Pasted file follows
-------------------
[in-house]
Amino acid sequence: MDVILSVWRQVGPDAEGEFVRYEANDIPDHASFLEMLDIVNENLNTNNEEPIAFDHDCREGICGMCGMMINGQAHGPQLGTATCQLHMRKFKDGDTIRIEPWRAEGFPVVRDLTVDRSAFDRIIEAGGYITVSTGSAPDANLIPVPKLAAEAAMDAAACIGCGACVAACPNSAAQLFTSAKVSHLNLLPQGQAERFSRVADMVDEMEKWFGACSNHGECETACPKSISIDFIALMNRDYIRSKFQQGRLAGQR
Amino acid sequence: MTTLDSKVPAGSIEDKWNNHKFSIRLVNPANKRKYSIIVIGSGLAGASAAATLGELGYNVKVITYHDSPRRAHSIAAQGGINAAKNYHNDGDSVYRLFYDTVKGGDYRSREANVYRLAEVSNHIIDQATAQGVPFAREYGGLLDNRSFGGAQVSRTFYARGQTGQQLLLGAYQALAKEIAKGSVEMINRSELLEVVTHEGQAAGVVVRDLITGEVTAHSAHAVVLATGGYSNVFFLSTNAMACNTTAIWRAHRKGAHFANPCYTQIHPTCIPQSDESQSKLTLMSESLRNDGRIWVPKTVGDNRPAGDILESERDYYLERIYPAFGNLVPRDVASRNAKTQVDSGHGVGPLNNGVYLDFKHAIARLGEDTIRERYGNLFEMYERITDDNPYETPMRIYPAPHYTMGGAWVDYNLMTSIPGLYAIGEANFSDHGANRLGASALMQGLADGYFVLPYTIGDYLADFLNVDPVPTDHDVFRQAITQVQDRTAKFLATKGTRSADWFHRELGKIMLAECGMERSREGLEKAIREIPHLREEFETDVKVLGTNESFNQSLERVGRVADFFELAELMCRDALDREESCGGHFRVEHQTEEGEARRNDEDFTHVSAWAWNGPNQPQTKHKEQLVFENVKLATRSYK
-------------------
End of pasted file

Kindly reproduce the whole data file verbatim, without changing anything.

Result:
[in-house]
Amino acid sequence: MDVILSVWRQVGPDAEGEFVRYEANDIPDHASFLEMLDIVNENLNTNNEEPIAFDHDCREGICGMCGMMINGQAHGPQLGTATCQLHMRKFKDGDTIRIEPWRAEGFPVVRDLTVDRSAFDRIIEAGGYITVSTGSAPDANLIPVPKLAAEAAMDAAACIGCGACVAACPNSAAQLFTSAKVSHLNLLPQGQAERFSRVADMVDEMEKWFGACSNHGECETACPKSISIDFIALMNRDYIRSKFQQGRLAGQR
Amino acid sequence: MTTLDSKVPAGSIEDKWNNHKFSIRLVNPANKRKYSIIVIGSGLAGASAAATLGELGYNVKVITYHDSPRRAHSIAAQGGINAAKNYHNDGDSVYRLFYDTVKGGDYRSREANVYRLAEVSNHIIDQATAQGVPFAREYGGLLDNRSFGGAQVSRTFYARGQTGQQLLLGAYQALAKEIAKGSVEMINRSELLEVVTHEGQAAGVVVRDLITGEVTAHSAHAVVLATGGYSNVFFLSTNAMACNTTAIWRAHRKGAHFANPCYTQIHPTCIPQSDESQSKLTLMSESLRNDGRIWVPKTVGDNRPAGDILESERDYYLERIYPAFGNLVPRDVASRNAKTQVDSGHGVGPLNNGVYLDFKHAIARLGEDTIRERYGNLFEMYERITDDNPYETPMRIYPAPHYTMGGAWVDYNLMTSIPGLYAIGEANFSDHGANRLGASALMQGLADGYFVLPYTIGDYLADFLNVDPVPTDHDVFRQAITQVQDRTAKFLATKGTRSADWFHRELGKIMLAECGMERSREGLEKAIREIPHLREEFETDVKVLGTNESFNQSLERVGRVADFFELAELMCRDALDREESCGGHFRVEHQTEEGEARRNDEDFTHVSAWAWNGPNQPQTKHKEQLVFENVKLATRSYK